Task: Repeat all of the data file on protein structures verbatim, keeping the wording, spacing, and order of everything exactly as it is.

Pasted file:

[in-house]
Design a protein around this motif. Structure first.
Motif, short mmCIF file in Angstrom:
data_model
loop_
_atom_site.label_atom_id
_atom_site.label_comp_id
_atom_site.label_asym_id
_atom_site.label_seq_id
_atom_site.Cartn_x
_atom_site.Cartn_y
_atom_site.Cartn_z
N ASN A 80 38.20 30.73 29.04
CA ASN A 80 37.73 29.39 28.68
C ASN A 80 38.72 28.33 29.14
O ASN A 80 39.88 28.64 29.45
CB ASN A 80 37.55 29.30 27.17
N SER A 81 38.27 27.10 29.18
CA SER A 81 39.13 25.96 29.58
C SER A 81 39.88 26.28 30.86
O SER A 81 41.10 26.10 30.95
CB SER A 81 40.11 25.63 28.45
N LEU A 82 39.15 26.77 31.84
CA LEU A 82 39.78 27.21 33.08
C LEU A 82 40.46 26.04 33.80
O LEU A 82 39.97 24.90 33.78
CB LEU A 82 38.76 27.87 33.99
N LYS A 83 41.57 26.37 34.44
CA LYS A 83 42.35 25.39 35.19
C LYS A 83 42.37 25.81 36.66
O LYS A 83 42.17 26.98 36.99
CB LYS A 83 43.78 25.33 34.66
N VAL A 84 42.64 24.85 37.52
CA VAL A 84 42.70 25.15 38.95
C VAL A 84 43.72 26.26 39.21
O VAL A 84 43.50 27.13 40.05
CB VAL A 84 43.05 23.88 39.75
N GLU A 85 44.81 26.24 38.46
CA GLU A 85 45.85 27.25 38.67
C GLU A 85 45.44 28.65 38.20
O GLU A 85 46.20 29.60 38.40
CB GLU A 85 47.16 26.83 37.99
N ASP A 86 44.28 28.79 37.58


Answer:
[in-house]
Design a protein around this motif. Structure first.
Motif, short mmCIF file in Angstrom:
data_model
loop_
_atom_site.label_atom_id
_atom_site.label_comp_id
_atom_site.label_asym_id
_atom_site.label_seq_id
_atom_site.Cartn_x
_atom_site.Cartn_y
_atom_site.Cartn_z
N ASN A 80 38.20 30.73 29.04
CA ASN A 80 37.73 29.39 28.68
C ASN A 80 38.72 28.33 29.14
O ASN A 80 39.88 28.64 29.45
CB ASN A 80 37.55 29.30 27.17
N SER A 81 38.27 27.10 29.18
CA SER A 81 39.13 25.96 29.58
C SER A 81 39.88 26.28 30.86
O SER A 81 41.10 26.10 30.95
CB SER A 81 40.11 25.63 28.45
N LEU A 82 39.15 26.77 31.84
CA LEU A 82 39.78 27.21 33.08
C LEU A 82 40.46 26.04 33.80
O LEU A 82 39.97 24.90 33.78
CB LEU A 82 38.76 27.87 33.99
N LYS A 83 41.57 26.37 34.44
CA LYS A 83 42.35 25.39 35.19
C LYS A 83 42.37 25.81 36.66
O LYS A 83 42.17 26.98 36.99
CB LYS A 83 43.78 25.33 34.66
N VAL A 84 42.64 24.85 37.52
CA VAL A 84 42.70 25.15 38.95
C VAL A 84 43.72 26.26 39.21
O VAL A 84 43.50 27.13 40.05
CB VAL A 84 43.05 23.88 39.75
N GLU A 85 44.81 26.24 38.46
CA GLU A 85 45.85 27.25 38.67
C GLU A 85 45.44 28.65 38.20
O GLU A 85 46.20 29.60 38.40
CB GLU A 85 47.16 26.83 37.99
N ASP A 86 44.28 28.79 37.58